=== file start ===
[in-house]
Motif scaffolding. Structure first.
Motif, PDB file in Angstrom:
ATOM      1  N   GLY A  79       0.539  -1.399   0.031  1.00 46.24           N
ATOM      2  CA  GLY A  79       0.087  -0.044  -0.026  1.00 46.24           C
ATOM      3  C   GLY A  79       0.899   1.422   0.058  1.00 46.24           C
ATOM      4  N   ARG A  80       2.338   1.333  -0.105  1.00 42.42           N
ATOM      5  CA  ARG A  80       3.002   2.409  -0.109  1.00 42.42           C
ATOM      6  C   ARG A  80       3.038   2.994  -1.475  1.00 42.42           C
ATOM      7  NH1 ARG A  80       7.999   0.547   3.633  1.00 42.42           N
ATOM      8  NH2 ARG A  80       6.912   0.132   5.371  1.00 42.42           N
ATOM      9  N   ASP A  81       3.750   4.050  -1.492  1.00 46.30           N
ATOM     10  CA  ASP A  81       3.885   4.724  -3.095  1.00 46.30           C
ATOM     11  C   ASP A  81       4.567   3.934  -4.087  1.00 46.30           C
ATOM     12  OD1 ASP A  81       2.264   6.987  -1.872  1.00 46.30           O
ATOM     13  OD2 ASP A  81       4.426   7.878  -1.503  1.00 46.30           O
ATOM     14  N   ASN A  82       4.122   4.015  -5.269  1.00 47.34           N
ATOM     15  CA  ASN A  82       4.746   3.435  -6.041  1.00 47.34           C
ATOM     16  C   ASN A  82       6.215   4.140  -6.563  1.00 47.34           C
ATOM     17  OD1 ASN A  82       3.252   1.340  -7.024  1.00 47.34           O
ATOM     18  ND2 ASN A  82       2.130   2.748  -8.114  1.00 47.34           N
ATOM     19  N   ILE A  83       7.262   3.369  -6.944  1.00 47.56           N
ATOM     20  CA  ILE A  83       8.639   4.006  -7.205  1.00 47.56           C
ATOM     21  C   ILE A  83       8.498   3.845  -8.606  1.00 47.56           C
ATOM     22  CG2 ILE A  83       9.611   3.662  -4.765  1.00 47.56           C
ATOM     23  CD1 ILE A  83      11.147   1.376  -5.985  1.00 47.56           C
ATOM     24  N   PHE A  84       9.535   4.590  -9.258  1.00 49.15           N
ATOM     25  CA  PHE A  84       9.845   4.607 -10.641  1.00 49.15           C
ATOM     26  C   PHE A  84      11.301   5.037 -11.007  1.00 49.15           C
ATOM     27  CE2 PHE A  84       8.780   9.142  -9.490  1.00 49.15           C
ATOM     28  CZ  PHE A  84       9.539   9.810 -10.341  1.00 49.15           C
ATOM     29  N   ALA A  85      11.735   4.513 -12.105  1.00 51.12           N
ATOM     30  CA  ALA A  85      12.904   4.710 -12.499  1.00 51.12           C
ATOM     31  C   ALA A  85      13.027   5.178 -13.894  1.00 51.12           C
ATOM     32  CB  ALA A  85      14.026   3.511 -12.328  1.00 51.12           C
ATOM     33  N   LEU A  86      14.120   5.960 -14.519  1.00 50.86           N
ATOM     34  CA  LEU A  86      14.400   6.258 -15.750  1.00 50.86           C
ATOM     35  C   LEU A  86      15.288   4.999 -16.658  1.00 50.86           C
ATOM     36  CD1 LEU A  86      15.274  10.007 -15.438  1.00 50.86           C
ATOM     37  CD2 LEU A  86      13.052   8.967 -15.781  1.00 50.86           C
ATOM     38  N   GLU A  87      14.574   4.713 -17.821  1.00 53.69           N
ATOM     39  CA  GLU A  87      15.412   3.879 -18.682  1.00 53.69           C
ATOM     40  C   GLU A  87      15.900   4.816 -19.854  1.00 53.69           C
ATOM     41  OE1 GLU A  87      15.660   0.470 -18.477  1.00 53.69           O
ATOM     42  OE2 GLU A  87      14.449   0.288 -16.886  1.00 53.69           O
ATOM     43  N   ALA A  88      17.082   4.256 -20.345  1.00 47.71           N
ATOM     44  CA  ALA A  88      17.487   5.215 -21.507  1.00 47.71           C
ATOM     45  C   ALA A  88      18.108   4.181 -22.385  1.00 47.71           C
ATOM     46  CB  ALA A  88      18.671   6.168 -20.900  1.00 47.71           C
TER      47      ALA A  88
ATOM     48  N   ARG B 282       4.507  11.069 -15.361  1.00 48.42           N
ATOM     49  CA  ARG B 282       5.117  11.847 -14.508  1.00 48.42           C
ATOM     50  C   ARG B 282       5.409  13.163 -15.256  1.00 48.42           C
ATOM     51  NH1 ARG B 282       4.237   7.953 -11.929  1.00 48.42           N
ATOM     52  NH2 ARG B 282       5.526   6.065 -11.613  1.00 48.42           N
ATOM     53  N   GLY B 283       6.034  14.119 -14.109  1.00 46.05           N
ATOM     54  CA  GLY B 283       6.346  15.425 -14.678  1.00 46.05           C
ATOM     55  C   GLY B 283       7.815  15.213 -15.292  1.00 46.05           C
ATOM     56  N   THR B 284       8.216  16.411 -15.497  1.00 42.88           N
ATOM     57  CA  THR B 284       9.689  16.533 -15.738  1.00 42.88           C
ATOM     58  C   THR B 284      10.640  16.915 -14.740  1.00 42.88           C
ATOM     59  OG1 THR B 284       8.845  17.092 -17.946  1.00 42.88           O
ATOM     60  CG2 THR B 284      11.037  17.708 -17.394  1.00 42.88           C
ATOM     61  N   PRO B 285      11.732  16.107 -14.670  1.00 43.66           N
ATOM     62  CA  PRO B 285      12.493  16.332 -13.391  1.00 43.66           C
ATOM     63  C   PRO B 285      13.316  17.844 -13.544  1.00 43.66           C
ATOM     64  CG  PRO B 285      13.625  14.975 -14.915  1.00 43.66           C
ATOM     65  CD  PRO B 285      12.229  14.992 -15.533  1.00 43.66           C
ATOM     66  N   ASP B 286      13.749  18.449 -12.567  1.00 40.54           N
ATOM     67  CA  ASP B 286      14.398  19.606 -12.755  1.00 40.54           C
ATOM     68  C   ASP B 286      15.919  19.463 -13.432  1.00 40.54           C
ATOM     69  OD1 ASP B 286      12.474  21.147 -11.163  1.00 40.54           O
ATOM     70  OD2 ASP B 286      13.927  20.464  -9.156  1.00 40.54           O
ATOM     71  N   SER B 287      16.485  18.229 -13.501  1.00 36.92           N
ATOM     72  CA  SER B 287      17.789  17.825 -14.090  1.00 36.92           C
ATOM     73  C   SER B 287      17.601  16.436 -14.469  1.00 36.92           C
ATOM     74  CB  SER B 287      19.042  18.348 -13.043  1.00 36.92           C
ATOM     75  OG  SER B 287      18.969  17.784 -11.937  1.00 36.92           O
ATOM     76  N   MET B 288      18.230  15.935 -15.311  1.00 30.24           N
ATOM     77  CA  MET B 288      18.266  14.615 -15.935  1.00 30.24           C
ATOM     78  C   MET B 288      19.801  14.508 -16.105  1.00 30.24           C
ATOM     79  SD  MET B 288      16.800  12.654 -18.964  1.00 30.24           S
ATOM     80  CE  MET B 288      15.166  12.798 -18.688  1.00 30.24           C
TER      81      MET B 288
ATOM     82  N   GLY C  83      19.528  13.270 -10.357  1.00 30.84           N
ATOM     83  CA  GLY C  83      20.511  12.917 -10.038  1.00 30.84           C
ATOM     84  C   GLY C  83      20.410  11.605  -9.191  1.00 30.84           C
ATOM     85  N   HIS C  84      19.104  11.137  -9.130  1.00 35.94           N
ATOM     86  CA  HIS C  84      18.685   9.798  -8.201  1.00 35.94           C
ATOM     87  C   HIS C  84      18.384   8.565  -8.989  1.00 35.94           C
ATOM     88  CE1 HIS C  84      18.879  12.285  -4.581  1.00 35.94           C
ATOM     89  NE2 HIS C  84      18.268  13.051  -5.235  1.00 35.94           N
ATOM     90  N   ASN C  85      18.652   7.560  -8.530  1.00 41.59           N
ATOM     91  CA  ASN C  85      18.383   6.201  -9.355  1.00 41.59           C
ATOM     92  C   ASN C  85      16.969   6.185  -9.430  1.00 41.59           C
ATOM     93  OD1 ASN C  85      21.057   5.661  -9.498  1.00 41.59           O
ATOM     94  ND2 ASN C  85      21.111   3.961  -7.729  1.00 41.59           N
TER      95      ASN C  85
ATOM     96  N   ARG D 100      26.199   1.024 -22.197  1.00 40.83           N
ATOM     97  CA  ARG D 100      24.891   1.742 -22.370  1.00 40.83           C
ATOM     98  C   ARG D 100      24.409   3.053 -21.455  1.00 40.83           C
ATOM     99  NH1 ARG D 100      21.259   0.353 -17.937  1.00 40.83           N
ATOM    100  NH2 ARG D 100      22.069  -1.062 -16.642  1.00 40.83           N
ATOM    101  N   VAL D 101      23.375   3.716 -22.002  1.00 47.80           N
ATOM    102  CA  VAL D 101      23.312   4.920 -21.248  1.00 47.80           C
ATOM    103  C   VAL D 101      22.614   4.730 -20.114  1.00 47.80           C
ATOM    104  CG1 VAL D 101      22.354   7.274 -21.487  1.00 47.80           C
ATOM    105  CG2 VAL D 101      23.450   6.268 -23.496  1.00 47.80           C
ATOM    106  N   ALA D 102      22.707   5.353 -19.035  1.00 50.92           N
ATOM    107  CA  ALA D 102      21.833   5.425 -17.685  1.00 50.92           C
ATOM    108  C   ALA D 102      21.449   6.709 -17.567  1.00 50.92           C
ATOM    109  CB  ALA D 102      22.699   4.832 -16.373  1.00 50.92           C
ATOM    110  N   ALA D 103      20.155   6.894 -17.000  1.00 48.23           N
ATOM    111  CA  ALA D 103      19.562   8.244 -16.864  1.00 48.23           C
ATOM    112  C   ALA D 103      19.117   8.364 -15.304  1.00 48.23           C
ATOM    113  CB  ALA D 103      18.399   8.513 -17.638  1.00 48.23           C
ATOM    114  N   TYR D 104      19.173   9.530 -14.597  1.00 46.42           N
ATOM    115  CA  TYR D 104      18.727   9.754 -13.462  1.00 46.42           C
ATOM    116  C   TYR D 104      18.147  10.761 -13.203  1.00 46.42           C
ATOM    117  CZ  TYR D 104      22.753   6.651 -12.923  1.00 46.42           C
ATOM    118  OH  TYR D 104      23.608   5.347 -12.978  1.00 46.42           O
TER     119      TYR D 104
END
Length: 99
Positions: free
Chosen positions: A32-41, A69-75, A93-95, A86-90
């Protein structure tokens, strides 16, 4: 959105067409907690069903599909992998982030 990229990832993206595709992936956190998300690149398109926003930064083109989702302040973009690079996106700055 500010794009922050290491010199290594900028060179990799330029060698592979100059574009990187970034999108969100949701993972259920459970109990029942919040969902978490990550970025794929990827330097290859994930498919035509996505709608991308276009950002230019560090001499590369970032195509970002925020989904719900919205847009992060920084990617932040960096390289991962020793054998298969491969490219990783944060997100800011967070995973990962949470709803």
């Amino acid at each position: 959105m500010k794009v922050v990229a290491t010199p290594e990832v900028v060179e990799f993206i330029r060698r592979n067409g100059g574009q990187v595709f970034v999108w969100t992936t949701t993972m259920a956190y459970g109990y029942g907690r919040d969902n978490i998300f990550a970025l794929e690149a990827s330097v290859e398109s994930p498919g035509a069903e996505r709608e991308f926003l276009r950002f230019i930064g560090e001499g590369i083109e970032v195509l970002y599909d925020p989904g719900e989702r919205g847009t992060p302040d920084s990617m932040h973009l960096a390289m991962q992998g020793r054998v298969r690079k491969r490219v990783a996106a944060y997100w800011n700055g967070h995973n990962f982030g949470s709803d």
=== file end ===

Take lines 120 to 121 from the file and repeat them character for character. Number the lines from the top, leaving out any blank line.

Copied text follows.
ATOM    117  CZ  TYR D 104      22.753   6.651 -12.923  1.00 46.42           C
ATOM    118  OH  TYR D 104      23.608   5.347 -12.978  1.00 46.42           O